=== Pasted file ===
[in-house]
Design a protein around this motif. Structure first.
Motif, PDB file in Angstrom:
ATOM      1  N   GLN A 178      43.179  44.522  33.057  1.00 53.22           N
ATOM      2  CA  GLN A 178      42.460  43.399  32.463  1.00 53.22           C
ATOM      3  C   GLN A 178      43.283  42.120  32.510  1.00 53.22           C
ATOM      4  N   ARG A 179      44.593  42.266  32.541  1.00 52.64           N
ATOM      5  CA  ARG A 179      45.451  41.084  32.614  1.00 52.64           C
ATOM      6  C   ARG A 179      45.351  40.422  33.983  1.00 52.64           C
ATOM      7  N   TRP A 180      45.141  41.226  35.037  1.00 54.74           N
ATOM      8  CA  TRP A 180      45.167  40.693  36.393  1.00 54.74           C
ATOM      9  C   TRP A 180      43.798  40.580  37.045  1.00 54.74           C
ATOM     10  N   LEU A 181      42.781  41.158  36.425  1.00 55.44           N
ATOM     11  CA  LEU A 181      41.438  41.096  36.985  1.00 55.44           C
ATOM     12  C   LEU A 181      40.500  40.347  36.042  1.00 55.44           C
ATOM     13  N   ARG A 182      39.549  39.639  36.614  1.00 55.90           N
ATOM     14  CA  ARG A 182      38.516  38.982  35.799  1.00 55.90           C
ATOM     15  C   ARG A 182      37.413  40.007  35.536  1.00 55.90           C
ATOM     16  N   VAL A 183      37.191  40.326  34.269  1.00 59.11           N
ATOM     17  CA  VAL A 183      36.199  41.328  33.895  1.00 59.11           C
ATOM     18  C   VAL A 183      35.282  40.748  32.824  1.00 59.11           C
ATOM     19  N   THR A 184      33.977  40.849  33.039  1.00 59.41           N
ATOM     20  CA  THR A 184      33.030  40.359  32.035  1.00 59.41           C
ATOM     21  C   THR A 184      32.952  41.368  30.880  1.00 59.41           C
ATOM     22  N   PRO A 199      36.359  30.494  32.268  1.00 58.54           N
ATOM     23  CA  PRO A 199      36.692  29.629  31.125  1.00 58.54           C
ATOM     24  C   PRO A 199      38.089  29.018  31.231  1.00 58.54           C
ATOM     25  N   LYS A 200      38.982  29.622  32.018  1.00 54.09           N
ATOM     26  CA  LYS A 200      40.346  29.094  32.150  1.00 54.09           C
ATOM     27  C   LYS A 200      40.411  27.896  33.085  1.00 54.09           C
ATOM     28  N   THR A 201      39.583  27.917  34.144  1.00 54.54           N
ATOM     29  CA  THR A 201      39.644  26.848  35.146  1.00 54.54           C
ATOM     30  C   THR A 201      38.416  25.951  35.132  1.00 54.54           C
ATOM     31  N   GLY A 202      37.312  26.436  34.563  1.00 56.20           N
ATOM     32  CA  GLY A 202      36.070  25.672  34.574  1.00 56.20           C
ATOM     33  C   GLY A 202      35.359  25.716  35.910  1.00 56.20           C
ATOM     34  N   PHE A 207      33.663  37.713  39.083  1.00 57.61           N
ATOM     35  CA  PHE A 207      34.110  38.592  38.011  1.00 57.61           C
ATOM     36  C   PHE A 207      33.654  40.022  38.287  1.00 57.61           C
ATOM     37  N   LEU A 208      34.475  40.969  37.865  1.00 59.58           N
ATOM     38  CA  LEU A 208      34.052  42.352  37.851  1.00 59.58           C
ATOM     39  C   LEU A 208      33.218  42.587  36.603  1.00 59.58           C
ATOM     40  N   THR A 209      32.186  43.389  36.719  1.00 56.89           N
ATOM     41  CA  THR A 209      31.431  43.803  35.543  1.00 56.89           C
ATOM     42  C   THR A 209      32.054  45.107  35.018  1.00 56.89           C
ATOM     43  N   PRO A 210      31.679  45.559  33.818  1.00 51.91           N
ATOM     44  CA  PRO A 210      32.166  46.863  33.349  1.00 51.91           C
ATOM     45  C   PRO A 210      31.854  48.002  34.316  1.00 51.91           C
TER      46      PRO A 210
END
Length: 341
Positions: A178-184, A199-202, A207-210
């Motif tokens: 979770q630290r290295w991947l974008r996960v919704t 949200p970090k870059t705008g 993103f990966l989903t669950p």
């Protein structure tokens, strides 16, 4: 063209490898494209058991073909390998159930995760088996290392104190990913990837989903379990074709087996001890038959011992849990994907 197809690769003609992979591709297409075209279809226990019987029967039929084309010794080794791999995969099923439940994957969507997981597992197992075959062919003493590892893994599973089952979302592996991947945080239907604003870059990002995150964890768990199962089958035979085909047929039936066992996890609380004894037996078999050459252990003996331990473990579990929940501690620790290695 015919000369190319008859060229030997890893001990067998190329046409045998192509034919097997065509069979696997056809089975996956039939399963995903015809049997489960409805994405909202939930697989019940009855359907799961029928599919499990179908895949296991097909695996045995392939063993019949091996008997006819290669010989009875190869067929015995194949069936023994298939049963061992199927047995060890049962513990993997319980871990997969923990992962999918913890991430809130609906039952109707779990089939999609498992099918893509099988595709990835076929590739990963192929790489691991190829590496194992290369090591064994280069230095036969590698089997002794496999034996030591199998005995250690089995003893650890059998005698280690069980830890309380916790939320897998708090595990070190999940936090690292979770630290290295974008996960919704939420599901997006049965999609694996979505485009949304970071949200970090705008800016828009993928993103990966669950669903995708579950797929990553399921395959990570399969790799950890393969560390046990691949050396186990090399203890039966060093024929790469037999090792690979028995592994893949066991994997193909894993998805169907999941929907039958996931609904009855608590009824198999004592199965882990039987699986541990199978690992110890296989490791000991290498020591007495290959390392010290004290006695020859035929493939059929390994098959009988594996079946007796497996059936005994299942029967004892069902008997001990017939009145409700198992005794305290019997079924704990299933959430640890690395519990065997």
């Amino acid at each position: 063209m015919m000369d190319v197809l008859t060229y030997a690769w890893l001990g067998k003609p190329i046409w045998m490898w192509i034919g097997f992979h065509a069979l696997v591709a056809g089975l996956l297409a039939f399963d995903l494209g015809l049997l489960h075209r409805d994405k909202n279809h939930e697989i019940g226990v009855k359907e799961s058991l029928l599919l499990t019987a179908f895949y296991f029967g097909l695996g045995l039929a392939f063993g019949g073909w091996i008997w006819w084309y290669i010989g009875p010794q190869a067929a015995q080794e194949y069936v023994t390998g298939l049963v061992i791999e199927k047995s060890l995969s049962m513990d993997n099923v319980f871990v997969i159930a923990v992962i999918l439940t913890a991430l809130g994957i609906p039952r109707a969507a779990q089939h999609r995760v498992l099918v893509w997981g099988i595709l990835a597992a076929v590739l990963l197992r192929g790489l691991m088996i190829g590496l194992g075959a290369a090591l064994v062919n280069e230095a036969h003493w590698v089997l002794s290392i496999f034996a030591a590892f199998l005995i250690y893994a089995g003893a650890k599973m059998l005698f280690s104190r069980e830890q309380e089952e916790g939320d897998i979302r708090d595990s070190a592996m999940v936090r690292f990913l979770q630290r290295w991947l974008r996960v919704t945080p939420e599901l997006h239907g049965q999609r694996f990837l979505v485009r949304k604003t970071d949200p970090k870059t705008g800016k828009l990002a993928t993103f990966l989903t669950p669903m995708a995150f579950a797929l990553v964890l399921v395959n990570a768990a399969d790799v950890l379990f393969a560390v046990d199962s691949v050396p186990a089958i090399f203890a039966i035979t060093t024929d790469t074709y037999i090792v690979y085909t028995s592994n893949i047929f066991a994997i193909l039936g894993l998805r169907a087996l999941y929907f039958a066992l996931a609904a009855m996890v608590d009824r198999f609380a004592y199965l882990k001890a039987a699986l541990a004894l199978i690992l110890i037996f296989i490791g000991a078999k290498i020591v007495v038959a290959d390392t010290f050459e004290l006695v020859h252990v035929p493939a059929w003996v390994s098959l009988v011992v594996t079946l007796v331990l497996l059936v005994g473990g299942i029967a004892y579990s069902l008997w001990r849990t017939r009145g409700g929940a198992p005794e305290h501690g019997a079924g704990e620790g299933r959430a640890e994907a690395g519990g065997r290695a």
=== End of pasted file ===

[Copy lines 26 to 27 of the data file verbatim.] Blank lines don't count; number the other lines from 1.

ATOM     23  CA  PRO A 199      36.692  29.629  31.125  1.00 58.54           C
ATOM     24  C   PRO A 199      38.089  29.018  31.231  1.00 58.54           C